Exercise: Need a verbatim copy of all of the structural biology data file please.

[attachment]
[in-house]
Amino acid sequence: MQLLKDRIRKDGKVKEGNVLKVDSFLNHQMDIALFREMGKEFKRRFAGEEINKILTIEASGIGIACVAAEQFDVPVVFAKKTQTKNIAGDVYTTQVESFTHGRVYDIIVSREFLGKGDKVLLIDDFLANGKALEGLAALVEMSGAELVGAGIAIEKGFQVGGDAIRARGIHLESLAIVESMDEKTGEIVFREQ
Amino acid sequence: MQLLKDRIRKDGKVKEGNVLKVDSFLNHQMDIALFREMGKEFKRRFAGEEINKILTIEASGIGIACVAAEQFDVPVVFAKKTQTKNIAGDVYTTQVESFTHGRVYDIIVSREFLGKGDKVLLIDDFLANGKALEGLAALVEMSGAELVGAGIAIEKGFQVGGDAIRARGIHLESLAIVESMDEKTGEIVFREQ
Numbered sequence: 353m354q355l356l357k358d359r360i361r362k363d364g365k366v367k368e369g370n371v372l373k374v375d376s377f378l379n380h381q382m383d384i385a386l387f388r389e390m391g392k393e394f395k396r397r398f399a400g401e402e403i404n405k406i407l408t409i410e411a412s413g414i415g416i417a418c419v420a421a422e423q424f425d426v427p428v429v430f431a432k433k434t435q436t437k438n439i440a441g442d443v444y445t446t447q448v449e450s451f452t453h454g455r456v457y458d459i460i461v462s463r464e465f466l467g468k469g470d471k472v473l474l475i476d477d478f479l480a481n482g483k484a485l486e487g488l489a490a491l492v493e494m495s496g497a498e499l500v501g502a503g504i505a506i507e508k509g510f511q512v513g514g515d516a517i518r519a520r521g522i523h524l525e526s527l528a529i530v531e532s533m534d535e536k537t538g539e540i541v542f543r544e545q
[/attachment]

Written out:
[in-house]
Amino acid sequence: MQLLKDRIRKDGKVKEGNVLKVDSFLNHQMDIALFREMGKEFKRRFAGEEINKILTIEASGIGIACVAAEQFDVPVVFAKKTQTKNIAGDVYTTQVESFTHGRVYDIIVSREFLGKGDKVLLIDDFLANGKALEGLAALVEMSGAELVGAGIAIEKGFQVGGDAIRARGIHLESLAIVESMDEKTGEIVFREQ
Amino acid sequence: MQLLKDRIRKDGKVKEGNVLKVDSFLNHQMDIALFREMGKEFKRRFAGEEINKILTIEASGIGIACVAAEQFDVPVVFAKKTQTKNIAGDVYTTQVESFTHGRVYDIIVSREFLGKGDKVLLIDDFLANGKALEGLAALVEMSGAELVGAGIAIEKGFQVGGDAIRARGIHLESLAIVESMDEKTGEIVFREQ
Numbered sequence: 353m354q355l356l357k358d359r360i361r362k363d364g365k366v367k368e369g370n371v372l373k374v375d376s377f378l379n380h381q382m383d384i385a386l387f388r389e390m391g392k393e394f395k396r397r398f399a400g401e402e403i404n405k406i407l408t409i410e411a412s413g414i415g416i417a418c419v420a421a422e423q424f425d426v427p428v429v430f431a432k433k434t435q436t437k438n439i440a441g442d443v444y445t446t447q448v449e450s451f452t453h454g455r456v457y458d459i460i461v462s463r464e465f466l467g468k469g470d471k472v473l474l475i476d477d478f479l480a481n482g483k484a485l486e487g488l489a490a491l492v493e494m495s496g497a498e499l500v501g502a503g504i505a506i507e508k509g510f511q512v513g514g515d516a517i518r519a520r521g522i523h524l525e526s527l528a529i530v531e532s533m534d535e536k537t538g539e540i541v542f543r544e545q